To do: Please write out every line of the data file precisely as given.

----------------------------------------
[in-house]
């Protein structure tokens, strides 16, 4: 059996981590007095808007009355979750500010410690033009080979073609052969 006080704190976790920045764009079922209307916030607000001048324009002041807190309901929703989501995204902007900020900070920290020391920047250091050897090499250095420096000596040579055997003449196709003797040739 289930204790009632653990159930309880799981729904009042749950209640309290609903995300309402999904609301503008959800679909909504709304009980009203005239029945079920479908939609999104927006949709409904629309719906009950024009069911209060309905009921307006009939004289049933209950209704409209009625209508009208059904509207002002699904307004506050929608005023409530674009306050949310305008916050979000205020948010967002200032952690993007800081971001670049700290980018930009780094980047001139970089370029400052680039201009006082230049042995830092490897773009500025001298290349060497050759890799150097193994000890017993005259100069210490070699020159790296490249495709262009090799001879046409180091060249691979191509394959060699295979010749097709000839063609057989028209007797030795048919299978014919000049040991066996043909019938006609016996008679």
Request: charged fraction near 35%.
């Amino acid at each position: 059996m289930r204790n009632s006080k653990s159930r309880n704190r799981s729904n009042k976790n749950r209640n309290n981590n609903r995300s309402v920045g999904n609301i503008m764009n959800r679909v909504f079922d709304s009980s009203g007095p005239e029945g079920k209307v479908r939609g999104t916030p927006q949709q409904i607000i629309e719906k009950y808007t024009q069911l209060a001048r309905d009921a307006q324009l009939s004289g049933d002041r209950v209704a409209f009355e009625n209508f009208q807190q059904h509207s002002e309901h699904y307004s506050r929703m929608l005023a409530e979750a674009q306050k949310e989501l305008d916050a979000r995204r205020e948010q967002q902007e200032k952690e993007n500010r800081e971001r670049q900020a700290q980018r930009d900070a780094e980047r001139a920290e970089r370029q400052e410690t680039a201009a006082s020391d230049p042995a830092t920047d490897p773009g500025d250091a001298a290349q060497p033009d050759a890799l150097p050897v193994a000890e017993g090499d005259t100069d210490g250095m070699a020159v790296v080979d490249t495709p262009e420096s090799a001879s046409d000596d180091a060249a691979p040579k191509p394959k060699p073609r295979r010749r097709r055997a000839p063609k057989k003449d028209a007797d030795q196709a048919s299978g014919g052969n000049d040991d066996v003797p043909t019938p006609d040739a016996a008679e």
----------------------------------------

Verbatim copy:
[in-house]
């Protein structure tokens, strides 16, 4: 059996981590007095808007009355979750500010410690033009080979073609052969 006080704190976790920045764009079922209307916030607000001048324009002041807190309901929703989501995204902007900020900070920290020391920047250091050897090499250095420096000596040579055997003449196709003797040739 289930204790009632653990159930309880799981729904009042749950209640309290609903995300309402999904609301503008959800679909909504709304009980009203005239029945079920479908939609999104927006949709409904629309719906009950024009069911209060309905009921307006009939004289049933209950209704409209009625209508009208059904509207002002699904307004506050929608005023409530674009306050949310305008916050979000205020948010967002200032952690993007800081971001670049700290980018930009780094980047001139970089370029400052680039201009006082230049042995830092490897773009500025001298290349060497050759890799150097193994000890017993005259100069210490070699020159790296490249495709262009090799001879046409180091060249691979191509394959060699295979010749097709000839063609057989028209007797030795048919299978014919000049040991066996043909019938006609016996008679």
Request: charged fraction near 35%.
């Amino acid at each position: 059996m289930r204790n009632s006080k653990s159930r309880n704190r799981s729904n009042k976790n749950r209640n309290n981590n609903r995300s309402v920045g999904n609301i503008m764009n959800r679909v909504f079922d709304s009980s009203g007095p005239e029945g079920k209307v479908r939609g999104t916030p927006q949709q409904i607000i629309e719906k009950y808007t024009q069911l209060a001048r309905d009921a307006q324009l009939s004289g049933d002041r209950v209704a409209f009355e009625n209508f009208q807190q059904h509207s002002e309901h699904y307004s506050r929703m929608l005023a409530e979750a674009q306050k949310e989501l305008d916050a979000r995204r205020e948010q967002q902007e200032k952690e993007n500010r800081e971001r670049q900020a700290q980018r930009d900070a780094e980047r001139a920290e970089r370029q400052e410690t680039a201009a006082s020391d230049p042995a830092t920047d490897p773009g500025d250091a001298a290349q060497p033009d050759a890799l150097p050897v193994a000890e017993g090499d005259t100069d210490g250095m070699a020159v790296v080979d490249t495709p262009e420096s090799a001879s046409d000596d180091a060249a691979p040579k191509p394959k060699p073609r295979r010749r097709r055997a000839p063609k057989k003449d028209a007797d030795q196709a048919s299978g014919g052969n000049d040991d066996v003797p043909t019938p006609d040739a016996a008679e």